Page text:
Russia Holds Rates as Nabiullina Looks Past Slowing EconomyOlga Tanas and Scott Rose
Russia’s central bank left its main lending rate unchanged for a 13th month and removed a signal that it will keep monetary policy on pause as inflation dropped into its target range for the first time since August 2012.
Bank Rossii left the one-week auction rate, its benchmark introduced last month, at 5.5 percent at a meeting in Moscow today, the regulator said in a statement on its website. That matched the forecast of all 23 economists in a Bloomberg survey.
Policy makers led by Chairman Elvira Nabiullina said consumer-price growth slowed to 6 percent as of Oct. 7, with the economy showing signs of continued weakness. While removing guidance from its statement that rates were at an appropriate level for the “nearest future,” the central bank said it was waiting for clearer signs that inflation expectations were falling enough to meet medium-term targets.
“The central bank isn’t terribly concerned about the weak pace of growth,” Vladimir Kolychev, chief economist for Russia at VTB Capital in Moscow, said by phone. “Before the central bank starts reducing rates, it needs to see a reduction in inflation expectations.”
The ruble remained little changed against the dollar following the announcement, trading at 32.2800 per U.S. currency as of 6:48 p.m. in Moscow. Russia’s ruble bonds due in February 2027 fell, increasing the yield six basis points, or 0.06 percentage point, to 7.73 percent.
The three-month MosPrime rate, which the largest Moscow banks say they charge one another, may decline 17 basis points over the next three months, according to forward-rate agreements tracked by Bloomberg. That’s down from as much as 56 basis points on Aug. 8.
Leaving the key rate unchanged, the central bank placed 500 billion rubles in three-month loans backed by non-marketable assets, the regulator said in a separate website statement. All the funds were placed at a cutoff rate of 5.76 percent while 25 banks submitted bids at yields ranging from the minimum rate of 5.75 percent to 6.65 percent. Demand reached 563 billion rubles.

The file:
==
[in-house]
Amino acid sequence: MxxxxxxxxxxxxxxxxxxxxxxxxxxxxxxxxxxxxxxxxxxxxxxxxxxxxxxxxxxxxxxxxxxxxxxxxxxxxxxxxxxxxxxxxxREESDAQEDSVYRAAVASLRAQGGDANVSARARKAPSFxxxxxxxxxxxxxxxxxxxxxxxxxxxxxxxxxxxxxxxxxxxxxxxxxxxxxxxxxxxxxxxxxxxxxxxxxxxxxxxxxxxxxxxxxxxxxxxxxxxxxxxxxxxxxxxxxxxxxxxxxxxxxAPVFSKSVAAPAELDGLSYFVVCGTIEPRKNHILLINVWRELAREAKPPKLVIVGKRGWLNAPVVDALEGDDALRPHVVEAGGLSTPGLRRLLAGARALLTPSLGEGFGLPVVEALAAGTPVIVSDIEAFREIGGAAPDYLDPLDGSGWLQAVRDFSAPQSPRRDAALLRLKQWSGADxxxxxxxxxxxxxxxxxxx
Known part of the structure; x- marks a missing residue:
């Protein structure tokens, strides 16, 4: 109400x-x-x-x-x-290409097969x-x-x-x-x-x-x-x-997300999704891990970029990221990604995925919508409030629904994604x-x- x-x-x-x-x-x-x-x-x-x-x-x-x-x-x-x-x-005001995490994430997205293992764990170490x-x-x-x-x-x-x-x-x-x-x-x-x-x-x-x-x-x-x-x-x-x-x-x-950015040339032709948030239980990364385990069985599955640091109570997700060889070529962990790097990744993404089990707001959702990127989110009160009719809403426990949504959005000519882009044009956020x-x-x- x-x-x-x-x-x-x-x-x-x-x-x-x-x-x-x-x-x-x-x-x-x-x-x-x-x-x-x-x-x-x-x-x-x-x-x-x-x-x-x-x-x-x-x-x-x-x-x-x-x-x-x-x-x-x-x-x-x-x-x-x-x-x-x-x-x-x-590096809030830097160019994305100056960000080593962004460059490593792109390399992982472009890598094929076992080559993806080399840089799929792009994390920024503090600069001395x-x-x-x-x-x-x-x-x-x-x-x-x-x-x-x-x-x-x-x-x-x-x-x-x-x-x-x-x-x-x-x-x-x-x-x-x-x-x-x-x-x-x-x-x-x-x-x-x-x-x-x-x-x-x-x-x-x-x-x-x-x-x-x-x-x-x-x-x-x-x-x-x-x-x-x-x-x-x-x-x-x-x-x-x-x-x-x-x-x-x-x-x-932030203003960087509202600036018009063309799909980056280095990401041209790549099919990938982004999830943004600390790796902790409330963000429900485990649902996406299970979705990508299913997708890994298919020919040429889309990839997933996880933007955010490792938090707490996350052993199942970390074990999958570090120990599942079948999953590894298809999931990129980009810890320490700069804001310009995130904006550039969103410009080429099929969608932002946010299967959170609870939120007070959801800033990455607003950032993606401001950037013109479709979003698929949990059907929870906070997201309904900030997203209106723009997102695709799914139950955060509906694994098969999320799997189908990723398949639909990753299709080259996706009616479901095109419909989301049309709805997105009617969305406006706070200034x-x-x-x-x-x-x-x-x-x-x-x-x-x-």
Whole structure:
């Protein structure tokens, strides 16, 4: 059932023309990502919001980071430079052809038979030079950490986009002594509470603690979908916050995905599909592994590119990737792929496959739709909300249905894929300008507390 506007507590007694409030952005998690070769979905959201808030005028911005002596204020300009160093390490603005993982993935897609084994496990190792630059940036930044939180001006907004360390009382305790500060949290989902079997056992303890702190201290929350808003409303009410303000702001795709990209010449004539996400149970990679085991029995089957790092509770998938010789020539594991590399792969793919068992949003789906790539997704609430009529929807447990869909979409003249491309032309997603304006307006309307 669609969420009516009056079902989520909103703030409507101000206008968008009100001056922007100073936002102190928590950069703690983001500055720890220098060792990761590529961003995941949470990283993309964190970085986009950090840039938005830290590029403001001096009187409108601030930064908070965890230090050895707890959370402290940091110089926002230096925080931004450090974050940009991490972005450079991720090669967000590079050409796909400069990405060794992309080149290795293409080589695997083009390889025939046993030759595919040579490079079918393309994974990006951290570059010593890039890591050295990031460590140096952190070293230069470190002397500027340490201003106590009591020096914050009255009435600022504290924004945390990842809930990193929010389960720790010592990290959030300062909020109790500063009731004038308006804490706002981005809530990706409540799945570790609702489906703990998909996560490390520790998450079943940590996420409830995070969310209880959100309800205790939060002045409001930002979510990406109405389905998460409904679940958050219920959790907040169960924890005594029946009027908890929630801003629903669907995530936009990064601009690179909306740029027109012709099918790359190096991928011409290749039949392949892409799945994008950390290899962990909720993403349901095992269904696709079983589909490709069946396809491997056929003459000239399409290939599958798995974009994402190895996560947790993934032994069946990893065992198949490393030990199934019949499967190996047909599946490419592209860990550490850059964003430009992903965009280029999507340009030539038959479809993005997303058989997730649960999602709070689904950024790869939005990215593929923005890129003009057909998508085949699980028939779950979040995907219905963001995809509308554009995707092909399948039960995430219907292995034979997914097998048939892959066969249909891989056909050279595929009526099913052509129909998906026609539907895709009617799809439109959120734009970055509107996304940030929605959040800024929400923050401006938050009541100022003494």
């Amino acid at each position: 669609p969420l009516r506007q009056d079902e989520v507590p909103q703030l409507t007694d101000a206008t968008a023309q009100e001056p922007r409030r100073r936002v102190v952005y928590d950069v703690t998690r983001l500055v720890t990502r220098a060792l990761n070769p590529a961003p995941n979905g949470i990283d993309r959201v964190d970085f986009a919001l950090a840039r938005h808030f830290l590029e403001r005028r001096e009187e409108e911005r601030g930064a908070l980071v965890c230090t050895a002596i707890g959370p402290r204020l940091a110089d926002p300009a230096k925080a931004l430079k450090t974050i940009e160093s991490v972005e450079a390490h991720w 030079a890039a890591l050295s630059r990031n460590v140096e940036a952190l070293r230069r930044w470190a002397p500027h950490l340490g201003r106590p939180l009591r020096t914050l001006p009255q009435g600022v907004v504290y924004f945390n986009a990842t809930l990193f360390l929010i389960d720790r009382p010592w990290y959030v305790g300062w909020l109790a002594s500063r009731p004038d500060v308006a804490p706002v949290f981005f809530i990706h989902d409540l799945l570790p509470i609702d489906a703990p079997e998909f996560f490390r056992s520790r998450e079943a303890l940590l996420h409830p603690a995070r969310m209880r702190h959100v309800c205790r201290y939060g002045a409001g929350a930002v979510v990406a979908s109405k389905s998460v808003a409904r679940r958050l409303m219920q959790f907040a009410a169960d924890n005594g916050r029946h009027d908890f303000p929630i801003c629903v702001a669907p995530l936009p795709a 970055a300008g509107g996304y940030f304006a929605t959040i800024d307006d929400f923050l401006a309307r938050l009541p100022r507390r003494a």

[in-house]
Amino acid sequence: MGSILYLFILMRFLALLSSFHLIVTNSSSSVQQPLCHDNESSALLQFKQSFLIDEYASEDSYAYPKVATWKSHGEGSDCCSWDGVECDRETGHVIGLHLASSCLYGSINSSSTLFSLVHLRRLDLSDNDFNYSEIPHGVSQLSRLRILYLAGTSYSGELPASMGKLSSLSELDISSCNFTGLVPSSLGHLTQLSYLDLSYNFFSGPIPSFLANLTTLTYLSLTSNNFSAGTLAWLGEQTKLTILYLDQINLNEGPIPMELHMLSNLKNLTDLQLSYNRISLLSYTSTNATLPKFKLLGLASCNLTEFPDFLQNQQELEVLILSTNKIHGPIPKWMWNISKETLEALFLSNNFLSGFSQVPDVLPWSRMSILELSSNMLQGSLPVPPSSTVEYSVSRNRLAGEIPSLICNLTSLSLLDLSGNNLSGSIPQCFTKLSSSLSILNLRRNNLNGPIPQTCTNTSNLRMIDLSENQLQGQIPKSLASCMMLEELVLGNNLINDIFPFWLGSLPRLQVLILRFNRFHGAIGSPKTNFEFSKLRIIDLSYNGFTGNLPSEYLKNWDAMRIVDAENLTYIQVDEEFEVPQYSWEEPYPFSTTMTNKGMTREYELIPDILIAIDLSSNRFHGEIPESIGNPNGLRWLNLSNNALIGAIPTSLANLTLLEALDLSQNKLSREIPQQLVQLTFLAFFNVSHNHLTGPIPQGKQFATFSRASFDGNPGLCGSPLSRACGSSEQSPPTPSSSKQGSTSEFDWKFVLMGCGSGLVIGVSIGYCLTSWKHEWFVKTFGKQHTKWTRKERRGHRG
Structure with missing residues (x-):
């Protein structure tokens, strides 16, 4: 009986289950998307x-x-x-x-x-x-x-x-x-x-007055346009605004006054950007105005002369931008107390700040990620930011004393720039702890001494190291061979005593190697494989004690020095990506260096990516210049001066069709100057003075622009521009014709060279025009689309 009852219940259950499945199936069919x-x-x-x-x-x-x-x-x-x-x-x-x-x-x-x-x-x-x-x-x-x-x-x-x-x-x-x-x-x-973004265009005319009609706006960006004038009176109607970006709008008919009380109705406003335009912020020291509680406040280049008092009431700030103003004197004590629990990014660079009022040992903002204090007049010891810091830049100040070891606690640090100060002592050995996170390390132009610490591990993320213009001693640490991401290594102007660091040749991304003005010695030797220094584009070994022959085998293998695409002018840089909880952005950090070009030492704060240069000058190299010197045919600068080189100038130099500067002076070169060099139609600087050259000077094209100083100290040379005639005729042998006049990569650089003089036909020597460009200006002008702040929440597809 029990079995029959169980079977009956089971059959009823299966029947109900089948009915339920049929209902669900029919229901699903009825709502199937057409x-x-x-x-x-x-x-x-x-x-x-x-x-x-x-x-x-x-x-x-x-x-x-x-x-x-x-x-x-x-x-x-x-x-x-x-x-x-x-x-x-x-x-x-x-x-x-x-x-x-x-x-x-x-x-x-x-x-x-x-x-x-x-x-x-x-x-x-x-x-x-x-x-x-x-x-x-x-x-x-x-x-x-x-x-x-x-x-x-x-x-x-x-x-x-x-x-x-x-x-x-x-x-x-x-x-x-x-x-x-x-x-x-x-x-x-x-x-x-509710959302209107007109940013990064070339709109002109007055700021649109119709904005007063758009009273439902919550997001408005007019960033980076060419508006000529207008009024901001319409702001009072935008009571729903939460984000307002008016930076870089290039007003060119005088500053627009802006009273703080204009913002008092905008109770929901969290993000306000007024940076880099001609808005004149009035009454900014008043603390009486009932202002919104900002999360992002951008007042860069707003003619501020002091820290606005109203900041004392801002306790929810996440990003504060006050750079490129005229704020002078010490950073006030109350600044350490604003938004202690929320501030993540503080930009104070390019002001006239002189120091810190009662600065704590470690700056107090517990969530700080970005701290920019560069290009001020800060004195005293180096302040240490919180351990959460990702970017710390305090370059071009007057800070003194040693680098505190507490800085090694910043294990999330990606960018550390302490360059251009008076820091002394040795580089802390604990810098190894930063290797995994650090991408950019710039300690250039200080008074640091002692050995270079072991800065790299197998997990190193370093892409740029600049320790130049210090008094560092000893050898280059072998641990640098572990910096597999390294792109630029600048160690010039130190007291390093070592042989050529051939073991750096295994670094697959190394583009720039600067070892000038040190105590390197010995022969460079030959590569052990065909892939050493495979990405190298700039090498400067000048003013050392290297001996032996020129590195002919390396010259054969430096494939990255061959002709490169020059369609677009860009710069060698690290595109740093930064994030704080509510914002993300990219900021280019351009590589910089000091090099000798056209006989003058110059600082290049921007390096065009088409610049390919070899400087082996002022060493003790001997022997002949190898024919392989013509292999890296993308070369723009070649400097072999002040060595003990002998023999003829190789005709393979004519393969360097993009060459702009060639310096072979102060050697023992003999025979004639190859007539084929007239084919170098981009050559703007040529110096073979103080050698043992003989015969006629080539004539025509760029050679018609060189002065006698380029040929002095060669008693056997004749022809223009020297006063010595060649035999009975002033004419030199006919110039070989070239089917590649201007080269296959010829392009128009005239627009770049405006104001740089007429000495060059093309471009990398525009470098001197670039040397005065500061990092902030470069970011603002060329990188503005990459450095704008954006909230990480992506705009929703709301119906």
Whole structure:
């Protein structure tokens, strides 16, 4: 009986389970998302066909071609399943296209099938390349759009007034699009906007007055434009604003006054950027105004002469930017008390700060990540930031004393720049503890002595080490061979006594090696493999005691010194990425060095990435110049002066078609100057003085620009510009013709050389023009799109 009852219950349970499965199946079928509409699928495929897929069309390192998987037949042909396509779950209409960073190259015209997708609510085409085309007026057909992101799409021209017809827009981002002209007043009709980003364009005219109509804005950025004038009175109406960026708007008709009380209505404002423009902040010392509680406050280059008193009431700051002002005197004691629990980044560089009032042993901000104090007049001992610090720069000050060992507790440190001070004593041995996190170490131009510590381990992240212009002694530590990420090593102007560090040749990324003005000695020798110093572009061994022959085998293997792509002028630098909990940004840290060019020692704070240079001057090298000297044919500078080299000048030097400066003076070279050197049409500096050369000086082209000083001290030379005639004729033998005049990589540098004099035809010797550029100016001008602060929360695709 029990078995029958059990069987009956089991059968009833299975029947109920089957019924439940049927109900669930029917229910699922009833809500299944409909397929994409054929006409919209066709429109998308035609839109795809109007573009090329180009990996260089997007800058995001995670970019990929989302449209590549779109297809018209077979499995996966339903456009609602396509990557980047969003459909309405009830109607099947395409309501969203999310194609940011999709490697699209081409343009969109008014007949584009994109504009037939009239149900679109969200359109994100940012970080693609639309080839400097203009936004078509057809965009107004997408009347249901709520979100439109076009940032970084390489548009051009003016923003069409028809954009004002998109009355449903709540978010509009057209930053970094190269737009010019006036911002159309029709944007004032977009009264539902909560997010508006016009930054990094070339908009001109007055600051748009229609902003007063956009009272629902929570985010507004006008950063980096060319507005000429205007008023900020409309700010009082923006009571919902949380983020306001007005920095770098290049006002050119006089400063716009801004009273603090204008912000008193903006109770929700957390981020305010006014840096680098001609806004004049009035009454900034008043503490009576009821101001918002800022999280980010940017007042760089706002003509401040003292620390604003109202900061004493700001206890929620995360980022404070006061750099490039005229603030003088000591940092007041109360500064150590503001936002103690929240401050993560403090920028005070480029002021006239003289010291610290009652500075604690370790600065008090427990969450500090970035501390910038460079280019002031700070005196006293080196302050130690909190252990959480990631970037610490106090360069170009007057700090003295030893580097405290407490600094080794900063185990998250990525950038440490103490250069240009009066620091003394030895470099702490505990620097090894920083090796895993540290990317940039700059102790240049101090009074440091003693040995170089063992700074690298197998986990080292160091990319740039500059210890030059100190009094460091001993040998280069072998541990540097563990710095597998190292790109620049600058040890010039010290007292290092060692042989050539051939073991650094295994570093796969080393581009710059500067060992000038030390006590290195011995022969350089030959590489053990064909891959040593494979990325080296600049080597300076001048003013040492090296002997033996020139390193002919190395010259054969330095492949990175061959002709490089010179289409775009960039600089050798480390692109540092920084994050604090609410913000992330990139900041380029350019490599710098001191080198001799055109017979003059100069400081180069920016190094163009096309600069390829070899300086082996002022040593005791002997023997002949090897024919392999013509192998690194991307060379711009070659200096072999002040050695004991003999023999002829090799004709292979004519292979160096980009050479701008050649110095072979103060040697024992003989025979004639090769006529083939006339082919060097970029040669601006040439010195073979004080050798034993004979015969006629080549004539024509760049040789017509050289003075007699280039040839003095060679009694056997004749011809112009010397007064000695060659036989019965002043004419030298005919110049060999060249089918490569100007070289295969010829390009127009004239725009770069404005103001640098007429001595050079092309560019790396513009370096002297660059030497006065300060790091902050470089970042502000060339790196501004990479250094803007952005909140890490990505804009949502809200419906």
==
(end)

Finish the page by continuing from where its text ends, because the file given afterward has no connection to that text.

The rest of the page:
The central bank last month increased its inflation target for next year to 5 percent, plus or minus 1.5 percentage points, from 4.5 percent, after the government backtracked on a plan to halt all increases in regulated prices for utilities and monopolies such as OAO Russian Railways.
Still-elevated expectations for future inflation must come down, even as the pace of economic growth remains low, Nabiullina told lawmakers Oct. 8.
For Russians, inflation is one of the biggest concerns along with housing and utilities, according to a poll published Sept. 18 by the state-run All-Russian Center for the Study of Public Opinion.
“The dynamics of the key macroeconomic indicators suggested that the pace of economic growth remained low,” the regulator said in its statement. “More pronounced downward trends in inflation expectations need to be formed to ensure the achievement of inflation goals in the medium term.”
Bank Rossii is signaling more willingness to reduce rates than after last month’s meeting, according to Alexander Morozov, Moscow-based chief economist for Russia, the Commonwealth of Independent States and Baltic states at HSBC Holdings Plc.
“The central bank feels more confident in the inflation trends both for this year and next,” Morozov said by phone. “December remains more likely for a rate cut than November.”
Inflation slowed to 6.1 percent in September from 6.5 percent in August. Core inflation, which excludes volatile costs such as energy, remained at 5.5 percent. Russia’s $2 trillion economy expanded 1.2 percent from a year earlier in the second quarter, its worst showing since a contraction in the last three months of 2009.
The central bank’s emphasis on waiting for “more pronounced” improvements in inflation expectations is the key phrase in today’s policy statement, according to Tatiana Orlova, senior economist at Royal Bank of Scotland Group Plc in London.
“We continue to see a small chance of a 25 basis-point cut in January,” she said by e-mail. “Most likely, the central bank will delay easing until later in 2014, in May or June, when headline inflation will probably drop below its new point target of 5 percent.”